As far as I can tell you mean the projection of a timelike geodesic onto spacelike hypersurfaces of constant coordinate time ##t## (i.e. the loci of events/points on those spacelike hypersurfaces where the timelike geodesic "pierces" them).

cianfa72 said:
As far as I can tell you mean the projection of a timelike geodesic onto spacelike hypersurfaces of constant coordinate time ##t## (i.e. the loci of events/points on those spacelike hypersurfaces where the timelike geodesic "pierces" them).
Yes, although specifically assuming that the "constant coordinate time" implies the hypersurfaces orthogonal to the KVF (which I thought was implied by calling them "static", but Orodruin and (edit: apparently not) Nugatory disagree). Formally I should probably add that the projection is being done along the timelike KVF. In Schwarzschild spacetime the maths is sketched in #22, and more generally by @Orodruin in #26.

Last edited:
Ibix said:
Formally I should probably add that the projection is being done along the timelike KVF.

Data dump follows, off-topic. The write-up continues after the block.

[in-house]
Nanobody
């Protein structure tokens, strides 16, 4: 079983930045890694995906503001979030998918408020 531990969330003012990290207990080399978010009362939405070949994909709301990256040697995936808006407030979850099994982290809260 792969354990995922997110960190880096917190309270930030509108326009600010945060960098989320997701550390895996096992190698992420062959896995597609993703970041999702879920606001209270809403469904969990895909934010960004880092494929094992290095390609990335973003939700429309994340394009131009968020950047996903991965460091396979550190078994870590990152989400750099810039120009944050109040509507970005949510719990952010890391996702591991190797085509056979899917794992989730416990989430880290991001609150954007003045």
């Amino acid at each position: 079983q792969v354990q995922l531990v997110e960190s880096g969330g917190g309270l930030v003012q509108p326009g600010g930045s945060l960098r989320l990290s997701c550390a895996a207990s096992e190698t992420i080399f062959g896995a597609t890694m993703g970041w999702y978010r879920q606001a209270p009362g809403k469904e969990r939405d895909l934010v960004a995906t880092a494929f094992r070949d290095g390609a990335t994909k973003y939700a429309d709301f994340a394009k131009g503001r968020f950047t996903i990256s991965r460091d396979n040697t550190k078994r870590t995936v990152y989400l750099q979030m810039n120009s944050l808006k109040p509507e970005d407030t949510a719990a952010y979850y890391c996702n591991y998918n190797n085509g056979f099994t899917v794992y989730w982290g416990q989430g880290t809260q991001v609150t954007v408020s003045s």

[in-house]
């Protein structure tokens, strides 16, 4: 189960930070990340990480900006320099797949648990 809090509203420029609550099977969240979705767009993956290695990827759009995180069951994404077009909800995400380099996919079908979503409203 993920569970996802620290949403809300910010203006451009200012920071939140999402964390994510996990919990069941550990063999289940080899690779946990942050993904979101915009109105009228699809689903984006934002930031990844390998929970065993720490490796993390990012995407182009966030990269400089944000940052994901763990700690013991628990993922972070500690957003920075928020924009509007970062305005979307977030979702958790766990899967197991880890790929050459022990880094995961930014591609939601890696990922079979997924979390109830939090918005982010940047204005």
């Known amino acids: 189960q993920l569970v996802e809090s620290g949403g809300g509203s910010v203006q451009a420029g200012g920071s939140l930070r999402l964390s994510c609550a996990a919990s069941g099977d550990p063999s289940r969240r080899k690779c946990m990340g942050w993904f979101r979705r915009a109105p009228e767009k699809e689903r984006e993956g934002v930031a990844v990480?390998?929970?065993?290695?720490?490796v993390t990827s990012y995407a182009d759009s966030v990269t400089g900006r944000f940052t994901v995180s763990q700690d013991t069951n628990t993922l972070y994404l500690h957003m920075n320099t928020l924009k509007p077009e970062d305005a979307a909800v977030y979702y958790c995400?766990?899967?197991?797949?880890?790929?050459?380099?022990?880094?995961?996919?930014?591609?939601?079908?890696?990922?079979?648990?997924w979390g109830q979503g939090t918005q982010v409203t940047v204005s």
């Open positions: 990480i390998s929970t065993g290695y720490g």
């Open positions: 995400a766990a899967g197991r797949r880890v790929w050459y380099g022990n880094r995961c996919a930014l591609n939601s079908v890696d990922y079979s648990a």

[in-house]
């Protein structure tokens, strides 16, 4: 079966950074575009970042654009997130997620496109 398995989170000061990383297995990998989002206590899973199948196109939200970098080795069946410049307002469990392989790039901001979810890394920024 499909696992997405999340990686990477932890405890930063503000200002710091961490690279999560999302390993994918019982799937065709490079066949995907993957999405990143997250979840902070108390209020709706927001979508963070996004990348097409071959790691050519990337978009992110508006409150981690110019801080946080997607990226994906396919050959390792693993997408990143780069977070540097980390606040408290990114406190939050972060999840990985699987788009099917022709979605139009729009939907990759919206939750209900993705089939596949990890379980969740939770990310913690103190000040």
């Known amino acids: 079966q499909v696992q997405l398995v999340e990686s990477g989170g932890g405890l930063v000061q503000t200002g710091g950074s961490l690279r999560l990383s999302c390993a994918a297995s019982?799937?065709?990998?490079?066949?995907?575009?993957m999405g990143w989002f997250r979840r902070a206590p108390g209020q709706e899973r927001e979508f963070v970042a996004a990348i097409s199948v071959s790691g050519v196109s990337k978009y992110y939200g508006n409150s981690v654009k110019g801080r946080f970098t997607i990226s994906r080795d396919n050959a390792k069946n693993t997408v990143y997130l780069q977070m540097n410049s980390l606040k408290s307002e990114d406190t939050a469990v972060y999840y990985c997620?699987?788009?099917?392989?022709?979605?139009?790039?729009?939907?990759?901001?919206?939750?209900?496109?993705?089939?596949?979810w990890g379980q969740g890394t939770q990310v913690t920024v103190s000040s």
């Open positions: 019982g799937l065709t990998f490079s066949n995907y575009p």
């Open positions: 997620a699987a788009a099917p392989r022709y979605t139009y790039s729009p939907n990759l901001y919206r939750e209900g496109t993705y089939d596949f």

Ah ok, so basically the projection is along the timelike KVF onto any of the spacelike hypersurfaces orthogonal to the timelike KVF (they exist and have all the same induced spatial metric since the spacetime is assumed to be static).

Ibix
Ibix said:
which I thought was implied by calling them "static", but Orodruin and Nugatory disagree
I am not sure that is an accurate description of what I said …

Orodruin said:
I am not sure that is an accurate description of what I said …
That's what I read into #16. Perhaps I misunderstood - I concede it depends on what part of my quoted post you were saying "yes" to.

Ibix said:
I concede it depends on what part of my quoted post you were saying "yes" to.
@Orodruin was saying yes to all of what he quoted from you. The caveat he gave was not that "static" doesn't always mean "hypersurface orthogonal". It was that in Minkowski spacetime, there is not just one static timelike KVF, as there is in Schwarzschild spacetime; there are multiple ones! Every inertial frame corresponds to a static timelike KVF. Also every Rindler frame corresponds to a static timelike KVF. There are an infinite number of both types of frames.

vanhees71, cianfa72 and Orodruin
Not how I read it, but fine, edited above. I understand the caveat.